It was a great experience, but it made me nervous. There were these presumptions – stereotypes – about what it meant and what they made me. It even comes up in therapy: what do you think this tattoo “thing” is all about? It’s presumed to be a problem, especially for women. My parents weren’t impressed at first, although I tattoo my mum now. As is the age-old misconception, they thought it was all criminals or sailors. Although I was able to see things differently, I never thought I would be a tattooist.
I then had a baby. I couldn’t go back to working in a pub – the hours just didn’t work with being a new parent. A friend suggested that I try tattoos. I was reluctant. I didn’t see a way in. And I’d neglected my own artistry for a decade, ever since failing art at college. But after that conversation, I couldn’t shake the idea. While the baby was still sleeping, I began drawing again in short spurts. These images were all taken from nature and began to flow from my hands. I began to draw all the time. I was completely unprepared when a studio opened up right across the street. They gave me a gig when I went in. I’ve been at it ever since.
I’m still a nature-based tattooist, my focus is on botanicals. I’ve always loved fossils and flora, shapes that will be a permanent presence here long after we’re all gone and have screwed up this planet. Placing these images on people’s bodies is a reminder of our own transience. It provides some perspective.
Many of my clients make disparaging remarks about their bodies when I see them. They’re concerned bits are wobbly, that their skin has changed. I don’t allow that chat in my studio. Shut up, I say, you’re beautiful. I hope they will take it with them when they go. It’s a massive privilege for me to mark someone’s skin with my art, potentially for the rest of their life. Once they leave the studio, I no longer have ownership over the artwork I’ve created. It’s theirs to do with as they please. The canvas belongs to them – I don’t know where it goes. That’s something magical.
When I moved to my first time. London 10 years ago, I’d often get funny looks from other parents in the playground. Being a heavily tattooed mum wasn’t free of judgment. Now? Well, I’ve tattooed most of them.
Brody Polinsky, Berlin
Over the years, I’ve come to see tattoo-getters in three categories: those who just walk into a streetshop one afternoon to have a good time are the majority. Then there are those who seek tattooing as embodiment and celebration, who don’t fear pain. Then there are those who get tattooed to make themselves look better, but have more difficult relationships with their bodies. These people transform their appearances in order to have some control, and then engage with the pain as a way of healing. Though I’m not a therapist, I, too, have much personal experience of healing from trauma, gender abuse and queerness.
My studio is safe and private. I use it for my personal recovery and meditation. I tattoo one person per day. I usually do this three times a week so there is always room for last-minute appointments. My process is slower. I receive an idea of where they want to place them, their pronouns, and their astrology before they arrive. We usually finish by 7pm, and they arrive at 1pm.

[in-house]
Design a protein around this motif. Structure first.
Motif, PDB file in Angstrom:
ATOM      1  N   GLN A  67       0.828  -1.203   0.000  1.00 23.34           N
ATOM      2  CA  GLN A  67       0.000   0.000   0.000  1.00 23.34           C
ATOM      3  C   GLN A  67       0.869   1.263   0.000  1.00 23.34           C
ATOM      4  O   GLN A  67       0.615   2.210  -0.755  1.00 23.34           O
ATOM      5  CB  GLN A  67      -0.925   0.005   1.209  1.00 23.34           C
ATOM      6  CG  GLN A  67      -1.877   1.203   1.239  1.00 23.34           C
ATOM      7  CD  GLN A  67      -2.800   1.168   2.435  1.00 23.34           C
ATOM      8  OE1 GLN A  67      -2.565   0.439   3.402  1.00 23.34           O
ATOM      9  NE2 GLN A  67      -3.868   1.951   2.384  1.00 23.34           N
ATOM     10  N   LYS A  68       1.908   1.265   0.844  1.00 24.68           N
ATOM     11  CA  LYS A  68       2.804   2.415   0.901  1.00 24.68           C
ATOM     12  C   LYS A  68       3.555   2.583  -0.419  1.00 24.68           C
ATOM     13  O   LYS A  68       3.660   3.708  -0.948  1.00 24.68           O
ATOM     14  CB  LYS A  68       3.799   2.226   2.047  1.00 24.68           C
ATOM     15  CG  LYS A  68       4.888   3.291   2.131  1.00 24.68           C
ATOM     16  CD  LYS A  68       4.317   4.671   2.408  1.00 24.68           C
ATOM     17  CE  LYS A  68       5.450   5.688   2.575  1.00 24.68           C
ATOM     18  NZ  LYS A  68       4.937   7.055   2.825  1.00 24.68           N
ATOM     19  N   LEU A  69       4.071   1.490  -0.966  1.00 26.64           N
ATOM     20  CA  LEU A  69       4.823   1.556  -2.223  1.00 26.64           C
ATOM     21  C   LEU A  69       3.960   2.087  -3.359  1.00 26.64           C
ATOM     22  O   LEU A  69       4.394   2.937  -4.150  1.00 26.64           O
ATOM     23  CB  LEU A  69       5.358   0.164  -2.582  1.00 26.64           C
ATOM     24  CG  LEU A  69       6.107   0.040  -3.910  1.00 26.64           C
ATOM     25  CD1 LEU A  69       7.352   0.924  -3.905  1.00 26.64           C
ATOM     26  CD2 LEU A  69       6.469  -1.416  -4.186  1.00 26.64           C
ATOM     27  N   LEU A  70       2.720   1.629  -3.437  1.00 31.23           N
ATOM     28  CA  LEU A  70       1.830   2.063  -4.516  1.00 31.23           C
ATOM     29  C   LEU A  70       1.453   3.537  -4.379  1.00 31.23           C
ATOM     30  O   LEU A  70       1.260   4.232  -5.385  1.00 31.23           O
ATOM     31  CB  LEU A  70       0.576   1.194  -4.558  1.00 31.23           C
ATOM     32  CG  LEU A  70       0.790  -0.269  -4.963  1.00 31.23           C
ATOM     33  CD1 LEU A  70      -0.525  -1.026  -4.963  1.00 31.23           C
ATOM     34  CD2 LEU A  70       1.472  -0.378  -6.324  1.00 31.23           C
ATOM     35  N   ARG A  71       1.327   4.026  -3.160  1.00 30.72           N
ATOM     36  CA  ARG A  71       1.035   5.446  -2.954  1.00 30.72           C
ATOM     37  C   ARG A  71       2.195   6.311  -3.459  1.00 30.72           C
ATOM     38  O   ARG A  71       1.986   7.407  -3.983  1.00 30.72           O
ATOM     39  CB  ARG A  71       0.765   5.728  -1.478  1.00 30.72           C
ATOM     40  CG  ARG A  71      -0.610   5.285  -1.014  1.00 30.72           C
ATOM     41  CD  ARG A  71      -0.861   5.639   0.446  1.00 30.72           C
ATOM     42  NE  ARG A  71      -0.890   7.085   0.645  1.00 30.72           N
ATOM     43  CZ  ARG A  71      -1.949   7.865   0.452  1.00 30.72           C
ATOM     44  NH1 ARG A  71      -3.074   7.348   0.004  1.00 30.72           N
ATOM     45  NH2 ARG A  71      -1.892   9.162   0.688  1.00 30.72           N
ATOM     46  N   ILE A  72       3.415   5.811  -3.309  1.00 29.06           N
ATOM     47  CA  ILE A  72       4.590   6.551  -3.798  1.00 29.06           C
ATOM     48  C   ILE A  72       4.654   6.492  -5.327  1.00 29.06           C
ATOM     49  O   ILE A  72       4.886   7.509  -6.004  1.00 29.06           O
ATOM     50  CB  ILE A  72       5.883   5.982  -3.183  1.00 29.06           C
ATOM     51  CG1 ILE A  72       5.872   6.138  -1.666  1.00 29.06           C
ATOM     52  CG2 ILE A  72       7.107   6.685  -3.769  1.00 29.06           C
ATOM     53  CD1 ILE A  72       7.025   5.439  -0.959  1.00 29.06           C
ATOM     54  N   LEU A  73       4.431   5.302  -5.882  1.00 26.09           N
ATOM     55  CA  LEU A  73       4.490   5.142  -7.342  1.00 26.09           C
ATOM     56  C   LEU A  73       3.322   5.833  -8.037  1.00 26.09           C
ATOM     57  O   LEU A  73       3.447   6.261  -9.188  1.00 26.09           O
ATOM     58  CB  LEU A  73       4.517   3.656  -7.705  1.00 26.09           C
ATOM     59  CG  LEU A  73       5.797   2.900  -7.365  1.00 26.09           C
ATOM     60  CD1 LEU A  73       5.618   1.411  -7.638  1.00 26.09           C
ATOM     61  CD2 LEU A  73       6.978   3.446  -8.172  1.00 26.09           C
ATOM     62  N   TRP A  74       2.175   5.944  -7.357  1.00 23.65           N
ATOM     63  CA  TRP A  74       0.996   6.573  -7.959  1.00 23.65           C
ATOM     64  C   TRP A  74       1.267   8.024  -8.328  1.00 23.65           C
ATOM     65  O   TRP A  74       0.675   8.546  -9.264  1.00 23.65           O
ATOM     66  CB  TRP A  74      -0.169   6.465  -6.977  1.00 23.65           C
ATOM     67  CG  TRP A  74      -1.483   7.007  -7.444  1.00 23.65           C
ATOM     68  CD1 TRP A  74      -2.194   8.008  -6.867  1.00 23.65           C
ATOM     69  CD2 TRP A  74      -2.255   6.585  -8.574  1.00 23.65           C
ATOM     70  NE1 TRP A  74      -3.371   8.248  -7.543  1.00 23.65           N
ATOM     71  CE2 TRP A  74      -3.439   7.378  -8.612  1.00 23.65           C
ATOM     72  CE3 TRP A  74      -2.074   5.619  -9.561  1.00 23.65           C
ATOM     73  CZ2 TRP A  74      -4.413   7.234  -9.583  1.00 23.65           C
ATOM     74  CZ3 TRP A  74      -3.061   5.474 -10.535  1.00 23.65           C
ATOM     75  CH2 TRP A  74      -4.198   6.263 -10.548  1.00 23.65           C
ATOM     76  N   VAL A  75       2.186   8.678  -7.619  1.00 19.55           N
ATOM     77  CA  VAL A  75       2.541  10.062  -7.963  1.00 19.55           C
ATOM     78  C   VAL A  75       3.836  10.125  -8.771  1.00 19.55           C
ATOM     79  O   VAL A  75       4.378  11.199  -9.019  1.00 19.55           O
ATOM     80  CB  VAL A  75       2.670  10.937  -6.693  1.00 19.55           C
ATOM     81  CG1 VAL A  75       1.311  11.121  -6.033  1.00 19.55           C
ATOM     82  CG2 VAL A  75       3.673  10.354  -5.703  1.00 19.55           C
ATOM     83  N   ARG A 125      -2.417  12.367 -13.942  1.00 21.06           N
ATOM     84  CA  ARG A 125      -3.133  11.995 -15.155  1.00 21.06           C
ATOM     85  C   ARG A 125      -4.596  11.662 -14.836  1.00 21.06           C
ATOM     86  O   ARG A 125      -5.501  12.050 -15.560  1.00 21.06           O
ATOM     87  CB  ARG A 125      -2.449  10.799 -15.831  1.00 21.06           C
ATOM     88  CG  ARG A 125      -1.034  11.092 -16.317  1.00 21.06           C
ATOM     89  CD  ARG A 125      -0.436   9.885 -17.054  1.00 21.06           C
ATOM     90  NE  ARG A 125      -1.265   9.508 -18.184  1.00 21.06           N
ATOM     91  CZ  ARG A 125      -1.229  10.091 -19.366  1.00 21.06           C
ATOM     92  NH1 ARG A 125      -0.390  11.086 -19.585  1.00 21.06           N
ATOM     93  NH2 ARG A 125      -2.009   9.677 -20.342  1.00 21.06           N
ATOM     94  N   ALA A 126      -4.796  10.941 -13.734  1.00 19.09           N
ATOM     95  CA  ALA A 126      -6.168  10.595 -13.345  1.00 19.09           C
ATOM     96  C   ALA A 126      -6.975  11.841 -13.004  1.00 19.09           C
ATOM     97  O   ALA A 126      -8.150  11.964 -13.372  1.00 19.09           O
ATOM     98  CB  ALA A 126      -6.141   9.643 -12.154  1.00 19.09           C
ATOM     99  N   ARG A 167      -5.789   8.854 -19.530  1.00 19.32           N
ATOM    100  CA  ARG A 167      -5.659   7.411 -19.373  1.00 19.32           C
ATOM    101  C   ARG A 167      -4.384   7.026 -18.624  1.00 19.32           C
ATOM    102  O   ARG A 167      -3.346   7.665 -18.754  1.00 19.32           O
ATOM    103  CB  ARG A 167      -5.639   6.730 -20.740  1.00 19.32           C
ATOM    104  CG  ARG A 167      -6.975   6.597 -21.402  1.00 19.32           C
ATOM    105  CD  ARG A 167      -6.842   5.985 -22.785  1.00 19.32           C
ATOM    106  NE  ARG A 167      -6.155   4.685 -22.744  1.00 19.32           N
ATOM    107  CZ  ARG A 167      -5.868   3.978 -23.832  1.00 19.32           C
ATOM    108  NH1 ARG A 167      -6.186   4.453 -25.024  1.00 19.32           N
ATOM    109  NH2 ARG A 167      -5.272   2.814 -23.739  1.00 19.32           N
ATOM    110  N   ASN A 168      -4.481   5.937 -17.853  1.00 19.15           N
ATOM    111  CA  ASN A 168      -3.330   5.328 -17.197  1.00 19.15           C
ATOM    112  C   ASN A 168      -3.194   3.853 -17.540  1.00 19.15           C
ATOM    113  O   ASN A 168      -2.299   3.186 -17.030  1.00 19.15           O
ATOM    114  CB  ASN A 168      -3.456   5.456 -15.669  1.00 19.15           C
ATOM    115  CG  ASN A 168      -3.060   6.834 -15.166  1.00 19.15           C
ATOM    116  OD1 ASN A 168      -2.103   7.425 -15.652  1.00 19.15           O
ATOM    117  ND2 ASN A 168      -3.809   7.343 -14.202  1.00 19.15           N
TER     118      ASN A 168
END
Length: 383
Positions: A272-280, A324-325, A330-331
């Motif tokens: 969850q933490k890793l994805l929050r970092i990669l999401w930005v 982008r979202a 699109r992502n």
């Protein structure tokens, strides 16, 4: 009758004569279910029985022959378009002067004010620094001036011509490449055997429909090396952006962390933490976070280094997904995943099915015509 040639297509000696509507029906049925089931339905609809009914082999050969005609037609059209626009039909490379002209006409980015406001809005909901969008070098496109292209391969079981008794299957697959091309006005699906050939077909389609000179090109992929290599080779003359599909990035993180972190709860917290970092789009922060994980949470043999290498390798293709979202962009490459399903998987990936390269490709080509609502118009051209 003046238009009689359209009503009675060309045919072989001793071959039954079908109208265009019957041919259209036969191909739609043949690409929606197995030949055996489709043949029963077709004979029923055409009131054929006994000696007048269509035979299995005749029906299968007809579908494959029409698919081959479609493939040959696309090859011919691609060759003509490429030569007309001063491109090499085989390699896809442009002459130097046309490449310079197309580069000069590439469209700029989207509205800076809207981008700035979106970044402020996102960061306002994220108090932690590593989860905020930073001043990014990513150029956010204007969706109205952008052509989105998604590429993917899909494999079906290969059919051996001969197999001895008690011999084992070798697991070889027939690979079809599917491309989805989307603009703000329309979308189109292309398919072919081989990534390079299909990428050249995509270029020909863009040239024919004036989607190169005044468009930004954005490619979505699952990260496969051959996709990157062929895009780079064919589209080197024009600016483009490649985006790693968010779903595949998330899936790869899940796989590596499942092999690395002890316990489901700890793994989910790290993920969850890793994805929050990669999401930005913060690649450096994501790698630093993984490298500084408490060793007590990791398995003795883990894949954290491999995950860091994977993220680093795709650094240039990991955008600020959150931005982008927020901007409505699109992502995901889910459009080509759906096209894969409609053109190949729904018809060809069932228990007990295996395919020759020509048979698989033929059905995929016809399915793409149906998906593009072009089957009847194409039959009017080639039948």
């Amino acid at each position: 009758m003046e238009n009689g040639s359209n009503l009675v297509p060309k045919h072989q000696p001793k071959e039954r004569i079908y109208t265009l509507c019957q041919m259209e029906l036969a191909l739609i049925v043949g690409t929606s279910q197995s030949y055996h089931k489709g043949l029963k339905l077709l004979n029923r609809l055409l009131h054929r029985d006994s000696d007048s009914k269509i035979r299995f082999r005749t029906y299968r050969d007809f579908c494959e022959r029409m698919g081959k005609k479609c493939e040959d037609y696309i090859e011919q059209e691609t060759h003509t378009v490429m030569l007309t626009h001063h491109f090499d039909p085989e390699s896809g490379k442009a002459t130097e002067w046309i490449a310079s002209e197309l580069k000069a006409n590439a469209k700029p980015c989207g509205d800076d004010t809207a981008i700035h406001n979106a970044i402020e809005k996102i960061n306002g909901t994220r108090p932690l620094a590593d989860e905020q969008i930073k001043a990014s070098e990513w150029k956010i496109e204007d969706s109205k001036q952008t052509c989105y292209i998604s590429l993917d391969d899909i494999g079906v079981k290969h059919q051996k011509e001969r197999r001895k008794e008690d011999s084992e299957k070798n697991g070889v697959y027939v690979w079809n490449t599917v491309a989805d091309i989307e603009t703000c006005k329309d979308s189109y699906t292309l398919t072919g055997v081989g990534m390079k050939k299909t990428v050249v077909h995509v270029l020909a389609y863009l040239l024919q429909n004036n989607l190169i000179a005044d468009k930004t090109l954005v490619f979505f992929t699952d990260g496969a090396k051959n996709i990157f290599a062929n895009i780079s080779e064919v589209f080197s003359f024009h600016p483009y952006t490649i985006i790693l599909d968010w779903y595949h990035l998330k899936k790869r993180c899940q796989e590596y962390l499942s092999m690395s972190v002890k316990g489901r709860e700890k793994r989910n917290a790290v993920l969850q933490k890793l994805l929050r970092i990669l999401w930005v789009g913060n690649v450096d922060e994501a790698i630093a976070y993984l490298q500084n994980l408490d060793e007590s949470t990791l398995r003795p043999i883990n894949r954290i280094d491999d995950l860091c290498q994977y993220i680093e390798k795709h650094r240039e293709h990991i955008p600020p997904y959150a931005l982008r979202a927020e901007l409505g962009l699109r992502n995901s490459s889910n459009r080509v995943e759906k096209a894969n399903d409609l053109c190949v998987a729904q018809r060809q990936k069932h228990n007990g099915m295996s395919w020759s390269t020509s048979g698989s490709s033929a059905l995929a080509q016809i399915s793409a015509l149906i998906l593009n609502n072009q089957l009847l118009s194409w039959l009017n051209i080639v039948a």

The studio is quiet and peaceful. I keep the noise down. Every pattern I create is unique and never repeated. It’s based on our interactions in person. This is how I want to work: One pattern for one person. We often find new patterns in the moment. To ensure they feel and look balanced, I draw the patterns directly on the body.
I spent my first 12 year in a small town in northeastern Alberta. There, I was conditioned to fear any person with tattoos or who looked different. I was already a fan of music, skateboarding, and addictions when we moved to the closest city in 1992. But I had to conceal my gender identity and queerness.
At the tender age of 15, my drawings were being tattooed upon me and my friends. To fit in and feel like I was cis, I became obsessed with changing my appearance. I was allowed to be at the tattoo shop of a friend who I used to sell to, and somehow I didn’t overstay my welcome. I was allowed to soak it all in like a sponge.
I was finally sober in 2002. I escaped to Vancouver and had essentially finished having most of my body altered by 2004. Although I was offered an apprenticeship, my restlessness kept moving me: Toronto, Montreal and LA. New York Toronto again. 2013 was my first year in Berlin. I still travel the world tattooing at an insane pace. I burned out five years ago.
My body was screaming at my before I came out as a nonbinary transperson in 2017. But, I didn’t understand. I was saved by this colourful, dysphoric suit of armour. I am aware of the impact tattoos have on the lives and health of others. I am slowly adding affirming tattoos from close friends. The spaces between are still highly desired.
The body’s physical language supersedes our verbal communication – when sharing a tattoo ritual, these boundaries can be subtle. I have had to learn how to care for myself while tattooing. I’ve also struggled through years without success, and the scars prove it. My clients will always remember that they had a safe experience when they leave the studio. That is my hope.